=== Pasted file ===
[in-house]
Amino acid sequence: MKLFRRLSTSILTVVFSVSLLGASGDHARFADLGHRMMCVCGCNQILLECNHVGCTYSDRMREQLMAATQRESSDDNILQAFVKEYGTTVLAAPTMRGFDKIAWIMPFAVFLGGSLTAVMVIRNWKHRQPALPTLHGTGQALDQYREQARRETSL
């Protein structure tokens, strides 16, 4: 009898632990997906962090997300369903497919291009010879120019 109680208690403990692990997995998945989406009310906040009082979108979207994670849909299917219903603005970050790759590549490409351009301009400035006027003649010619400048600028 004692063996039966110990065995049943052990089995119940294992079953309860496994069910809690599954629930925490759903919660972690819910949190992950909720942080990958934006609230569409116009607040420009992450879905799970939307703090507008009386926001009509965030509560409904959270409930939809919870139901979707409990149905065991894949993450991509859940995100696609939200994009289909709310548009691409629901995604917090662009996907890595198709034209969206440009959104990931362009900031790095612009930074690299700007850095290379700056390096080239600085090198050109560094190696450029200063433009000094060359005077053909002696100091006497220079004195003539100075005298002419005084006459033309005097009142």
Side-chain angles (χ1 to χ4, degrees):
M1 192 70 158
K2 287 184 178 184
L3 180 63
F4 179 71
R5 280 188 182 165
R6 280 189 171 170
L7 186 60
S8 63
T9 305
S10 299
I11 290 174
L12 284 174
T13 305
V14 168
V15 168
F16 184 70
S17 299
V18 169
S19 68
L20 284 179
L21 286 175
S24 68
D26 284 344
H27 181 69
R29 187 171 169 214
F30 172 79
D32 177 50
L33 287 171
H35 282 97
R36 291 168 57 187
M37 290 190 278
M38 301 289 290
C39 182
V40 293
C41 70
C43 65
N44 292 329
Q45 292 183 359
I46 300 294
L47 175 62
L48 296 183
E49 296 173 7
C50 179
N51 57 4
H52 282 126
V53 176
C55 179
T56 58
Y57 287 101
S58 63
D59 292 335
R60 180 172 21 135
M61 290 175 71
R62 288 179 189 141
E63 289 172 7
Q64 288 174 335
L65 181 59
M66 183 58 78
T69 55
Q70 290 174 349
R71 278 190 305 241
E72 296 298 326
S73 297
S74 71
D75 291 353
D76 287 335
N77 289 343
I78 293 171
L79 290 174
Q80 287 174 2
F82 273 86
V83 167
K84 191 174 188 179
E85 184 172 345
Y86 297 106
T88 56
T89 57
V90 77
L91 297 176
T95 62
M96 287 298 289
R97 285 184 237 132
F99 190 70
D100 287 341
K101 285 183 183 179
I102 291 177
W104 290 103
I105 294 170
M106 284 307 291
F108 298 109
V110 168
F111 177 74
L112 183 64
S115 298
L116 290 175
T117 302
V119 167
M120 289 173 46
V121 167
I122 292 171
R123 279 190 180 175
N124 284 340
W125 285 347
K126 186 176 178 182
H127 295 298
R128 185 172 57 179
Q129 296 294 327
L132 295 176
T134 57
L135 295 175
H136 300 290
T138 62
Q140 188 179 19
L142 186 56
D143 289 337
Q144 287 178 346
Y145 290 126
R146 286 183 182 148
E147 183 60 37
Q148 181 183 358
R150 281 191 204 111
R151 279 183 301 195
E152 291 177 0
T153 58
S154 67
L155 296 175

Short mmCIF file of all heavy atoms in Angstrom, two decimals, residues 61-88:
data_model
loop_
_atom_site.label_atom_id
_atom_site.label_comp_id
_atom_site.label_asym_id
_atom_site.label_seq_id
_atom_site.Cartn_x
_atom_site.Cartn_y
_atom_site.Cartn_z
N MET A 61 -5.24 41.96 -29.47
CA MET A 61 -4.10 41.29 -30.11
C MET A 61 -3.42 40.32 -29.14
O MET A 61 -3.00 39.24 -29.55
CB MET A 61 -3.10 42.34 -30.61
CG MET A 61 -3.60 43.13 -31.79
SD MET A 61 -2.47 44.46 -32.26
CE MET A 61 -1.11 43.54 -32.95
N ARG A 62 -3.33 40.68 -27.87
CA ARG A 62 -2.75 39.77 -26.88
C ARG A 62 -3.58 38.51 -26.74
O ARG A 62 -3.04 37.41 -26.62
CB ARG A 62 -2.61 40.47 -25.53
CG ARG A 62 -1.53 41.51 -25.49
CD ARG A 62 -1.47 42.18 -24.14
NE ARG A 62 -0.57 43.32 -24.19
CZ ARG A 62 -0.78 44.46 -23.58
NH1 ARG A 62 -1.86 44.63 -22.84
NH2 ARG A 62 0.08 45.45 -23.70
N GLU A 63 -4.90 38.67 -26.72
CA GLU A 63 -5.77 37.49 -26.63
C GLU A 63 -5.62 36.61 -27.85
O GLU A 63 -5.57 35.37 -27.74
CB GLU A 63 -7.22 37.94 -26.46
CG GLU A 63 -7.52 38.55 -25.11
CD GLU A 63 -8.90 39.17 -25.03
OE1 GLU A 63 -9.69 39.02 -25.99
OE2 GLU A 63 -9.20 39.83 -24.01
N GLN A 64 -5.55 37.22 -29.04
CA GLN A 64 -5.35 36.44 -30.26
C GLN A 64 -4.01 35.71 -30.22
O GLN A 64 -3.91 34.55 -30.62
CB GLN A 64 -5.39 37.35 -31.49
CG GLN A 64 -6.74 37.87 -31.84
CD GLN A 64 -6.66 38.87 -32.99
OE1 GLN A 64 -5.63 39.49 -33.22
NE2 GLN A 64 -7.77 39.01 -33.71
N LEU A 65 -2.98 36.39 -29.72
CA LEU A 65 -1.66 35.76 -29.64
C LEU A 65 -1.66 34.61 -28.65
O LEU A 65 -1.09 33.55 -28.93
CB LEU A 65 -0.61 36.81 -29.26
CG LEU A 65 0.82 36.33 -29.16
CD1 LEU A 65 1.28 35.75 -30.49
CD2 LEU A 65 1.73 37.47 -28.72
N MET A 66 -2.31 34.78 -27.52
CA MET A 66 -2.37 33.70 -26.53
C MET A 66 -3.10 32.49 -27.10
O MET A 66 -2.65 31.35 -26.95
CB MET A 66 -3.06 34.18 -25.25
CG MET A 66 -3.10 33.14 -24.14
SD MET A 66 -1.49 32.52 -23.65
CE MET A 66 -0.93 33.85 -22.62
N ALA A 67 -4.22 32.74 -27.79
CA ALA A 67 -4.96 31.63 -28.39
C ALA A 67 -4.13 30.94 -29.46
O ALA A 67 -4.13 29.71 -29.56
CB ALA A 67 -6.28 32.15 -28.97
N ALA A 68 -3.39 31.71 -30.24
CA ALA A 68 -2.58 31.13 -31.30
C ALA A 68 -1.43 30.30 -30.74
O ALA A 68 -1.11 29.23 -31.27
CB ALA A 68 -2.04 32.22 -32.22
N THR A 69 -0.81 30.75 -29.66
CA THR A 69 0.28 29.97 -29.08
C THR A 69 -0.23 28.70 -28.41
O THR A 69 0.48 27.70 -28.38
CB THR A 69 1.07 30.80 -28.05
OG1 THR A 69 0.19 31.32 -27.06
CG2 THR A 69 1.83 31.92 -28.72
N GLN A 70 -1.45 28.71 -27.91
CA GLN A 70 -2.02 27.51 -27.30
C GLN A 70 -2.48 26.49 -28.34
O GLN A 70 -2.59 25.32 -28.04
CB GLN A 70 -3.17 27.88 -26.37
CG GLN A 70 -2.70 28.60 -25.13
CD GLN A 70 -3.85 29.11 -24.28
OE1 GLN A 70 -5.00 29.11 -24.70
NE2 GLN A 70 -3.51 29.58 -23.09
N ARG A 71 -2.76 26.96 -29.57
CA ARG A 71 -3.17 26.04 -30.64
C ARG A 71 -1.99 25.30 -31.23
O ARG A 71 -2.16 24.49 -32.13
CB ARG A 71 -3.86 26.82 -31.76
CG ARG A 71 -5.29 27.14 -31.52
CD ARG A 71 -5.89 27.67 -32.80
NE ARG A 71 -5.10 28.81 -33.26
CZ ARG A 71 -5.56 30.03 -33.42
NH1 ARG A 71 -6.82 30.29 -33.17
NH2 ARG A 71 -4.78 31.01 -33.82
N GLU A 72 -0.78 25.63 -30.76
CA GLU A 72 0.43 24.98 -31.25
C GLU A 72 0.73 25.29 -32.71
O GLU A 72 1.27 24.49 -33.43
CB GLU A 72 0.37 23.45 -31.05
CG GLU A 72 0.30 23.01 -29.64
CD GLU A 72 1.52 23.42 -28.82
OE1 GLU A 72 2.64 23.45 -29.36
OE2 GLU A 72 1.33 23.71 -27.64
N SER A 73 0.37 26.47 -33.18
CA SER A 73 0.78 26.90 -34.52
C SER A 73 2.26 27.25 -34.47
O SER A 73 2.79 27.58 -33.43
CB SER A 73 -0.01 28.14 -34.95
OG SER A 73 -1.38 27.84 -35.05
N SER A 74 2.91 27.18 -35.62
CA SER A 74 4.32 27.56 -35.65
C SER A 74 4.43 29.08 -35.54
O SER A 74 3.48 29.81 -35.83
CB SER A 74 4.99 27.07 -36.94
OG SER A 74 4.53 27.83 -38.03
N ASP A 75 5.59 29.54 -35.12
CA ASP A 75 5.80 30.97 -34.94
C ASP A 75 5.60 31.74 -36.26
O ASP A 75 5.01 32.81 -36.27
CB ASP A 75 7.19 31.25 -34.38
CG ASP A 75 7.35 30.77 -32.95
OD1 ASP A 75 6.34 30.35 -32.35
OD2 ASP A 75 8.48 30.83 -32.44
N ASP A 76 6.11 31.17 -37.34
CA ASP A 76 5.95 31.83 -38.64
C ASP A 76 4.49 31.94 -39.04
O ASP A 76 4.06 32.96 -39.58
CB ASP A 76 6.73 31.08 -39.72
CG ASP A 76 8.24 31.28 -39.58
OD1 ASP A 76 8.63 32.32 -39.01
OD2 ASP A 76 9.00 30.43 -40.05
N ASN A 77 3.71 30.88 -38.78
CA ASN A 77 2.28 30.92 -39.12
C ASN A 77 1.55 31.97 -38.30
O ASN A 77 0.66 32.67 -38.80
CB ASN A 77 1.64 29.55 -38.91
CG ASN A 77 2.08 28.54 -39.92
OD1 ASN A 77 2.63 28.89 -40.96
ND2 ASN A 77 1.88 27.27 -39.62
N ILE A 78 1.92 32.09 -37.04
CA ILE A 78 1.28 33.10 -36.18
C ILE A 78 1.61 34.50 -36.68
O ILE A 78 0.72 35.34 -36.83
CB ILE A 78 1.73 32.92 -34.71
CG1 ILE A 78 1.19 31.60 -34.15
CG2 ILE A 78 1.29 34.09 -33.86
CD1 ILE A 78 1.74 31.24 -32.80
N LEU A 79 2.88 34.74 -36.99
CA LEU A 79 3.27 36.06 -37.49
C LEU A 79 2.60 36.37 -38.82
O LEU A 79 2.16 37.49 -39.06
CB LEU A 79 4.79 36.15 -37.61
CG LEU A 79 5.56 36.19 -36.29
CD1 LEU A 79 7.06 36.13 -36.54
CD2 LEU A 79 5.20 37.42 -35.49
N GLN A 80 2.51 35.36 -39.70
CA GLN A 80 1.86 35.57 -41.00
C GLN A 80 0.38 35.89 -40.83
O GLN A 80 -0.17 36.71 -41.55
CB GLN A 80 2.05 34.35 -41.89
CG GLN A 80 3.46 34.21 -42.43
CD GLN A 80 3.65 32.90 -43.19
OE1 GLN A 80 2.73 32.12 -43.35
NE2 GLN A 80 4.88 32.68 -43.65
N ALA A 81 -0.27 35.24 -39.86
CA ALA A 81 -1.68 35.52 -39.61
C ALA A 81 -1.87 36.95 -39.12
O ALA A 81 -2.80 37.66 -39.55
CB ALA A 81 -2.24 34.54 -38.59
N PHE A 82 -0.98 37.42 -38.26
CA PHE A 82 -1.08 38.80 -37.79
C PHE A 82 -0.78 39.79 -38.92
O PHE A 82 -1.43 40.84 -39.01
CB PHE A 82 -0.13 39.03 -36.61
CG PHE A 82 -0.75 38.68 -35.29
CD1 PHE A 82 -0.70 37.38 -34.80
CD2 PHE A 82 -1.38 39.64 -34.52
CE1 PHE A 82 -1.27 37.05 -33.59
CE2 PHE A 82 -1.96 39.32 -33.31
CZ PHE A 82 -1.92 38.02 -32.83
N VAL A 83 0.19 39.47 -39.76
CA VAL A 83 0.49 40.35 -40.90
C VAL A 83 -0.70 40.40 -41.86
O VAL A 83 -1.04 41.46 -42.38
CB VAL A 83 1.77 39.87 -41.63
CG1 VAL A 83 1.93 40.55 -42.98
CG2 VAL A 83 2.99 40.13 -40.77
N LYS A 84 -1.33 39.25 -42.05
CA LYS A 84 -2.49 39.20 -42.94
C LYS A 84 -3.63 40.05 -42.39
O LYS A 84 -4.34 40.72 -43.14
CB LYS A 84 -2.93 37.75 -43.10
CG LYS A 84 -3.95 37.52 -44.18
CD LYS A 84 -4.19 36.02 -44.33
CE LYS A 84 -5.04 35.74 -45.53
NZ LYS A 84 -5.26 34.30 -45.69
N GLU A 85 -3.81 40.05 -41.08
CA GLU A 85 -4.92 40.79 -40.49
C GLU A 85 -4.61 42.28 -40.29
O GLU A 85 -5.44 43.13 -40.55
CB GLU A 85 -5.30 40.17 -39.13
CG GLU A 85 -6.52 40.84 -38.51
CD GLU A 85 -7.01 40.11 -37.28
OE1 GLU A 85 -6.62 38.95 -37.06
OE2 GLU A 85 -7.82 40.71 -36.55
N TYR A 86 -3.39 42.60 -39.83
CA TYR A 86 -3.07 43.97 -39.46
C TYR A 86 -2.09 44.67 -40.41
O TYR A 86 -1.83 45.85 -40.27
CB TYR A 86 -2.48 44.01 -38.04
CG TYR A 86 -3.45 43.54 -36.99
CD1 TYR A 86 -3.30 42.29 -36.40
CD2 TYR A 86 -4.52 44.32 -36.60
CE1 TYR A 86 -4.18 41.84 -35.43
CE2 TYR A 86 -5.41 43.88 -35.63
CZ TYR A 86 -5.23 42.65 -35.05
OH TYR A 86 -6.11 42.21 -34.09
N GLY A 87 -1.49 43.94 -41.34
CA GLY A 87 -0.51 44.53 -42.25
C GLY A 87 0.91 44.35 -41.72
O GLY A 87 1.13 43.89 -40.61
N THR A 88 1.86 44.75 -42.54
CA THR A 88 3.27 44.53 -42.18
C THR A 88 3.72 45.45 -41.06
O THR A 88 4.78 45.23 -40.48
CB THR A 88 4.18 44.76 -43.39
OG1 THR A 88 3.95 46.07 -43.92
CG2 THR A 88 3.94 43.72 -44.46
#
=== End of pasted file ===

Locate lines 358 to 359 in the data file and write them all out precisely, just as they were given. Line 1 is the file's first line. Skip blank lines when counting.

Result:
N THR A 88 1.86 44.75 -42.54
CA THR A 88 3.27 44.53 -42.18